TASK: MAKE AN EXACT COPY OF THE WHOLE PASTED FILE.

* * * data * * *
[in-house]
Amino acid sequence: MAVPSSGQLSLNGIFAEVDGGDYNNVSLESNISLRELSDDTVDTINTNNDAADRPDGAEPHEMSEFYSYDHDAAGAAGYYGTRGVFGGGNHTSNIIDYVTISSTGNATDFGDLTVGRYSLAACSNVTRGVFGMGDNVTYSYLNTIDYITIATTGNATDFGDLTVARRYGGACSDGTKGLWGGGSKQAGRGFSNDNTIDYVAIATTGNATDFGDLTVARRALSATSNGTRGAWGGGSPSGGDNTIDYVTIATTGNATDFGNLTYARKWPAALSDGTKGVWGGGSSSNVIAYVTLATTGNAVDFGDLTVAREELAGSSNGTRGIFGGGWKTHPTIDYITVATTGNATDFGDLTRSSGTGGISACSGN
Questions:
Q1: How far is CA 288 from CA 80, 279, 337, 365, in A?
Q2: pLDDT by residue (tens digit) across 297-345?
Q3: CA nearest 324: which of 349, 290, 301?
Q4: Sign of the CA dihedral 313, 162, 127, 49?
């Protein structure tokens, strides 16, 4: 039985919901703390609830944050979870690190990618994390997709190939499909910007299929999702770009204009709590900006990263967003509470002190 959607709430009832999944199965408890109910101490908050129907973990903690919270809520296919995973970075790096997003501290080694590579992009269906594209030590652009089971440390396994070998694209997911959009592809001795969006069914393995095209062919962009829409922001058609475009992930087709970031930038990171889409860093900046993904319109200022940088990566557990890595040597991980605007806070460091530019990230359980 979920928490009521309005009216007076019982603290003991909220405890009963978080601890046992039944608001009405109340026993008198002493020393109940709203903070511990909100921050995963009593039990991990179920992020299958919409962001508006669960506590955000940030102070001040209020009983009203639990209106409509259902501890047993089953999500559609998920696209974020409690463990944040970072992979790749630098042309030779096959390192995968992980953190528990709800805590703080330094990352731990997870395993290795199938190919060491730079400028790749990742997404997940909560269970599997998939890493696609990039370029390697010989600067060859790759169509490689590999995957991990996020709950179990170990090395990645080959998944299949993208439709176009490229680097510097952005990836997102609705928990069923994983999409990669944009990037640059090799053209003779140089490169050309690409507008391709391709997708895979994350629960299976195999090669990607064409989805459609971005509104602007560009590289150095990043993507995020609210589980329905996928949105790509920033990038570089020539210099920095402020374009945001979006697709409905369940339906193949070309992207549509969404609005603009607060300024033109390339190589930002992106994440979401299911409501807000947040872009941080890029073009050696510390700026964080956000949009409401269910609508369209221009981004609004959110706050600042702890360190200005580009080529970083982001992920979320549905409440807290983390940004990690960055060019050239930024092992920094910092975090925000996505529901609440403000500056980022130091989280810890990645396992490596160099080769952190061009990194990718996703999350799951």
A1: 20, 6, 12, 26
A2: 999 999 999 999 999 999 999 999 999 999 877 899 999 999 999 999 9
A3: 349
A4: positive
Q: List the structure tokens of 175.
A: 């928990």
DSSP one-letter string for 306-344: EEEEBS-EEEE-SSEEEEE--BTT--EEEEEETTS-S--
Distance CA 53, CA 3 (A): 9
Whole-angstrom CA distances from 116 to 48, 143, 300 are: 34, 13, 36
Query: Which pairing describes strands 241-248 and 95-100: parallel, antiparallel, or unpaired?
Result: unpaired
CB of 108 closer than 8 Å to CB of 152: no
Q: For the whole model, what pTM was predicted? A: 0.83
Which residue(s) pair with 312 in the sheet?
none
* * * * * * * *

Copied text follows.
[in-house]
Amino acid sequence: MAVPSSGQLSLNGIFAEVDGGDYNNVSLESNISLRELSDDTVDTINTNNDAADRPDGAEPHEMSEFYSYDHDAAGAAGYYGTRGVFGGGNHTSNIIDYVTISSTGNATDFGDLTVGRYSLAACSNVTRGVFGMGDNVTYSYLNTIDYITIATTGNATDFGDLTVARRYGGACSDGTKGLWGGGSKQAGRGFSNDNTIDYVAIATTGNATDFGDLTVARRALSATSNGTRGAWGGGSPSGGDNTIDYVTIATTGNATDFGNLTYARKWPAALSDGTKGVWGGGSSSNVIAYVTLATTGNAVDFGDLTVAREELAGSSNGTRGIFGGGWKTHPTIDYITVATTGNATDFGDLTRSSGTGGISACSGN
Questions:
Q1: How far is CA 288 from CA 80, 279, 337, 365, in A?
Q2: pLDDT by residue (tens digit) across 297-345?
Q3: CA nearest 324: which of 349, 290, 301?
Q4: Sign of the CA dihedral 313, 162, 127, 49?
């Protein structure tokens, strides 16, 4: 039985919901703390609830944050979870690190990618994390997709190939499909910007299929999702770009204009709590900006990263967003509470002190 959607709430009832999944199965408890109910101490908050129907973990903690919270809520296919995973970075790096997003501290080694590579992009269906594209030590652009089971440390396994070998694209997911959009592809001795969006069914393995095209062919962009829409922001058609475009992930087709970031930038990171889409860093900046993904319109200022940088990566557990890595040597991980605007806070460091530019990230359980 979920928490009521309005009216007076019982603290003991909220405890009963978080601890046992039944608001009405109340026993008198002493020393109940709203903070511990909100921050995963009593039990991990179920992020299958919409962001508006669960506590955000940030102070001040209020009983009203639990209106409509259902501890047993089953999500559609998920696209974020409690463990944040970072992979790749630098042309030779096959390192995968992980953190528990709800805590703080330094990352731990997870395993290795199938190919060491730079400028790749990742997404997940909560269970599997998939890493696609990039370029390697010989600067060859790759169509490689590999995957991990996020709950179990170990090395990645080959998944299949993208439709176009490229680097510097952005990836997102609705928990069923994983999409990669944009990037640059090799053209003779140089490169050309690409507008391709391709997708895979994350629960299976195999090669990607064409989805459609971005509104602007560009590289150095990043993507995020609210589980329905996928949105790509920033990038570089020539210099920095402020374009945001979006697709409905369940339906193949070309992207549509969404609005603009607060300024033109390339190589930002992106994440979401299911409501807000947040872009941080890029073009050696510390700026964080956000949009409401269910609508369209221009981004609004959110706050600042702890360190200005580009080529970083982001992920979320549905409440807290983390940004990690960055060019050239930024092992920094910092975090925000996505529901609440403000500056980022130091989280810890990645396992490596160099080769952190061009990194990718996703999350799951």
A1: 20, 6, 12, 26
A2: 999 999 999 999 999 999 999 999 999 999 877 899 999 999 999 999 9
A3: 349
A4: positive
Q: List the structure tokens of 175.
A: 């928990």
DSSP one-letter string for 306-344: EEEEBS-EEEE-SSEEEEE--BTT--EEEEEETTS-S--
Distance CA 53, CA 3 (A): 9
Whole-angstrom CA distances from 116 to 48, 143, 300 are: 34, 13, 36
Query: Which pairing describes strands 241-248 and 95-100: parallel, antiparallel, or unpaired?
Result: unpaired
CB of 108 closer than 8 Å to CB of 152: no
Q: For the whole model, what pTM was predicted? A: 0.83
Which residue(s) pair with 312 in the sheet?
none